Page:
The difficulty in securing funding for hospital projects was an intelligible challenge; the artist personally approached Method—creators of future friendly cleaning and personal care products—who she had been working with on a limited edition product design range. “I took no fee for my design, and therefore with Method’s support, we were able to fund this important space at no upfront cost to the hospital,” the artist shares.
The flexible design for children or ‘secret garden’ that houses play, performance, workshops or serene solitude, and conjures in the hospital framework, was constructed as an extension in 2017 for which Myerscough crafted the colourful interiors. The outdoor space of the hospital initially featured colourful seating and planters, its visual identity not achieving its maximum potential, owing to a lack of funding. The courtyard design now encompasses extensive planting, geometric flooring patterns, moveable furniture design and a shelter named the Joy Pavilion—all in Myerscough’s distinctive bright hues.
The garden’s geometric colour-infused floor patterns were originally designed for another public art initiative in London, which when cancelled, enabled the contemporary artist to repurpose them for use within the hospital garden. The central pavilion allows for a seamless accommodation of workshops and performances, without its size being too domineering for the garden.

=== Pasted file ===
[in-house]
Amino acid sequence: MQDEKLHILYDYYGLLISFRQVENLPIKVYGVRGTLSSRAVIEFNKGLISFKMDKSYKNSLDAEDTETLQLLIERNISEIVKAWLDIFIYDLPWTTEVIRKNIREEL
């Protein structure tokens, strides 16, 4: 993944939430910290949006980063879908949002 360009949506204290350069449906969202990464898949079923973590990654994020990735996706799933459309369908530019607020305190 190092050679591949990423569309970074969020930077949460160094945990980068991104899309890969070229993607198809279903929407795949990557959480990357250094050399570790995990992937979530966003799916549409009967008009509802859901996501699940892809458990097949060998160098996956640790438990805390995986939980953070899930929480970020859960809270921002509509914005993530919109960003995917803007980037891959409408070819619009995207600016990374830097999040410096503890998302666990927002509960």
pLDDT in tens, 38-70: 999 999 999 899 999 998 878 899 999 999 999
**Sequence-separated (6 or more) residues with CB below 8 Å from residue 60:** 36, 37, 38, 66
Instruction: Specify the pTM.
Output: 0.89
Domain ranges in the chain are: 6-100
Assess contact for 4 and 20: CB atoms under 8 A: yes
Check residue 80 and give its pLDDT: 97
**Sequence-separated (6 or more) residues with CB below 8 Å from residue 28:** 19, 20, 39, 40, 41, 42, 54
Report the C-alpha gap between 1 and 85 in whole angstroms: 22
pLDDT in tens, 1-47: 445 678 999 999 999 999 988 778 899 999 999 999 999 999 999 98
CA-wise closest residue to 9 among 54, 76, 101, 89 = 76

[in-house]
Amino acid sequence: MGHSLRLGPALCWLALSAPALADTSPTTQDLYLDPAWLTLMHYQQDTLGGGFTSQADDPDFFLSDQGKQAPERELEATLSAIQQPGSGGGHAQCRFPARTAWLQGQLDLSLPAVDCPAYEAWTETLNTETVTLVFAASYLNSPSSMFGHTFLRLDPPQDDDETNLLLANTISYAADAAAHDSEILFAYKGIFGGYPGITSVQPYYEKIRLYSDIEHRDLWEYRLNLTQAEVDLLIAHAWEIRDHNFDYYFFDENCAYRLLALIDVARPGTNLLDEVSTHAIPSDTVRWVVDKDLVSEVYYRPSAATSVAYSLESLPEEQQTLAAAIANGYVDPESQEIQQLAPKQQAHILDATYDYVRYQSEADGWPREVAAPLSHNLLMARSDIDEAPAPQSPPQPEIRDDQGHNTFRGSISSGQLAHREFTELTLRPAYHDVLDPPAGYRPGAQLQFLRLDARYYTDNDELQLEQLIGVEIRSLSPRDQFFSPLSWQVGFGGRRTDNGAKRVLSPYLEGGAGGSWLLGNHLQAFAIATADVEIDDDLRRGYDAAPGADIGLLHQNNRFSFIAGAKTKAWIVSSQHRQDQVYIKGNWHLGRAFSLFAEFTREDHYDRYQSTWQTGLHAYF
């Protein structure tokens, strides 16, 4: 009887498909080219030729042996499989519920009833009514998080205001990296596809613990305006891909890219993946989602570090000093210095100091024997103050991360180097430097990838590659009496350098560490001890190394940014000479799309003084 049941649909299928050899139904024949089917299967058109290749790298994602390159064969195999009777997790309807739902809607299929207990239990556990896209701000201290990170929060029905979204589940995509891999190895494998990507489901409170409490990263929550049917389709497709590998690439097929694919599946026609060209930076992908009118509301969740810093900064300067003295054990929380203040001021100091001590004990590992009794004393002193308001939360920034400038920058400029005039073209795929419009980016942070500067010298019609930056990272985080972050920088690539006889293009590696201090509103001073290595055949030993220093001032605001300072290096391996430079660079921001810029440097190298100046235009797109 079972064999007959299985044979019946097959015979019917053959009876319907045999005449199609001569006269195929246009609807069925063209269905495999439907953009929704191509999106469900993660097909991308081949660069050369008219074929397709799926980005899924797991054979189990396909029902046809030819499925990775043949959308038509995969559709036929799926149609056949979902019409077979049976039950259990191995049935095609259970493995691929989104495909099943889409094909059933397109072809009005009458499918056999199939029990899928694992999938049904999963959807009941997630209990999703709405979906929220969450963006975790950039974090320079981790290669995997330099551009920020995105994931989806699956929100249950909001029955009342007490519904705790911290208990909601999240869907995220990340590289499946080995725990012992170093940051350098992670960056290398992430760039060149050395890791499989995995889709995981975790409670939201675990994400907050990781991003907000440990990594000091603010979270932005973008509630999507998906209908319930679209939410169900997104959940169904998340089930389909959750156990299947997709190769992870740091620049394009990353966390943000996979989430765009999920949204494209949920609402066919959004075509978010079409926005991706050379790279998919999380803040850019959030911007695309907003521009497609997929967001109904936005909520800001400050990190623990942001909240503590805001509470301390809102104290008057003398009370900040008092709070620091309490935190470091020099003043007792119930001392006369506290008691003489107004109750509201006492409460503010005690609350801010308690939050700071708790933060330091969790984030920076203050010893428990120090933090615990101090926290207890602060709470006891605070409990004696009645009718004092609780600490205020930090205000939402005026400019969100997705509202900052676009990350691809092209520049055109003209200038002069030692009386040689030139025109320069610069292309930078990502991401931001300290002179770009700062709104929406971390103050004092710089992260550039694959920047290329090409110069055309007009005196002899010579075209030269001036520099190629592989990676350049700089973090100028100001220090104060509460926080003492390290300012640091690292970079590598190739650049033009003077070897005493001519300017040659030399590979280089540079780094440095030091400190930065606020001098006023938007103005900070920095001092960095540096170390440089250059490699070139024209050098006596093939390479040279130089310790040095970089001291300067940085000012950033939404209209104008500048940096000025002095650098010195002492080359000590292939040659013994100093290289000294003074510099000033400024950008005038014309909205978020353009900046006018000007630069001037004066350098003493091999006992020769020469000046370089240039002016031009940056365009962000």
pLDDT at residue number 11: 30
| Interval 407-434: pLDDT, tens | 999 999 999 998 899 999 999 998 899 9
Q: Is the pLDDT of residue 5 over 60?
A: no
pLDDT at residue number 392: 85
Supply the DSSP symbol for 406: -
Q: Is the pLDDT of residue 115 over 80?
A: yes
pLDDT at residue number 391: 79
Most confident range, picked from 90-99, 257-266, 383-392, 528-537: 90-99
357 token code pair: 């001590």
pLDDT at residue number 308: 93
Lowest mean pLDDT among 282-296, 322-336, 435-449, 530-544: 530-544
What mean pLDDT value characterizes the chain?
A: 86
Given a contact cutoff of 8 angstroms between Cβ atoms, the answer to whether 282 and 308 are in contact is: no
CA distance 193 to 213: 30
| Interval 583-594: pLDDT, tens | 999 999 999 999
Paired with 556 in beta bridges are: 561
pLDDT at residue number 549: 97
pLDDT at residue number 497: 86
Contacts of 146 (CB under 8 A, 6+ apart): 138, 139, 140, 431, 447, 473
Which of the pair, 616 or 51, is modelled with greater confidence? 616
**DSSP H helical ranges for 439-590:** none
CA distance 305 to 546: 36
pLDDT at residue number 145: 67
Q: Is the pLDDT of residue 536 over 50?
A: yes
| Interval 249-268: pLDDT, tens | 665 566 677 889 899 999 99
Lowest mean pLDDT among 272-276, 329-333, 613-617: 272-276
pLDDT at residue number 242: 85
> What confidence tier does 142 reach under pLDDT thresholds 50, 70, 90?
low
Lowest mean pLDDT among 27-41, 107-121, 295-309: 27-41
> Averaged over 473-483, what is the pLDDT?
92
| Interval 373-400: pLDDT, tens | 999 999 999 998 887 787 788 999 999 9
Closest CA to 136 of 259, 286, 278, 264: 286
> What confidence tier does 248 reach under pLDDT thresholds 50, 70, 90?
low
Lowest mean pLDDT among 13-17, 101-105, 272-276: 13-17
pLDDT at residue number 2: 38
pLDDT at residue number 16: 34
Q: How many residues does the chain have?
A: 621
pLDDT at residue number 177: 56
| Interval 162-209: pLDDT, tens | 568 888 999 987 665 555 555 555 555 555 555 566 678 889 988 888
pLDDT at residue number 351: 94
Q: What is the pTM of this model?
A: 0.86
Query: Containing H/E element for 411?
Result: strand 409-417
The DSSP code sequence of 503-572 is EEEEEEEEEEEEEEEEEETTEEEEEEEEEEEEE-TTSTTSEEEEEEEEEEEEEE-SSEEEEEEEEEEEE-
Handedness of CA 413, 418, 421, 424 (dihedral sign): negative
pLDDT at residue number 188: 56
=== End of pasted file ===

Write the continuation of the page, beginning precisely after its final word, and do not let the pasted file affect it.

The structure—including its shingled roof—majorly features wood that exudes warmth, barring the metallic flag poles and legs for the seating. The artist ensured that local craftspeople were an intrinsic part of finalising the build, working with Sheffield fabricator Design Workshop Ltd. for the primary structure of the Joy Garden, while the panels were painted by Myerscough in her studio using YesColours, who gifted the paint for the project.
Interactive sessions such as Fragrance and colour workshop sessions‘ were held at the hospital with families, staff, and a fragrance expert from Method—reinforcing the space’s position as one of play and joy. “Although aesthetics are secondary to treatment in hospitals, it’s obvious that they bring much needed value and support to the human experience. Hopefully this garden will bring some joy when patients, families and staff need it most,” the artist states.
Without having to only rely on charity, the Joy Garden symbolises hope, and a certain kind of activism rooted in community, where artists and brands worked together to catalyse change in the public realm. The project that Myerscough and Powell envisaged years ago, came to life through a hospital design—from an enticing entrance, to unique bedrooms, and now a special outdoor space that entwines everyone together.
The Joy Garden, akin to the divergent oeuvre of Myerscough’s immersive installations and spatial artworks, frees itself from the shackles of conventions, this time, reinterpreting healthcare architecture as an expanse brimming with hope and animated spirits. By putting user needs, both physiological and psychological, on the helm of her creative process, the artist contrives a vibrant oasis, one that does not daunt the ailing, rather, invites them to heal, not in agony but in sheer joy.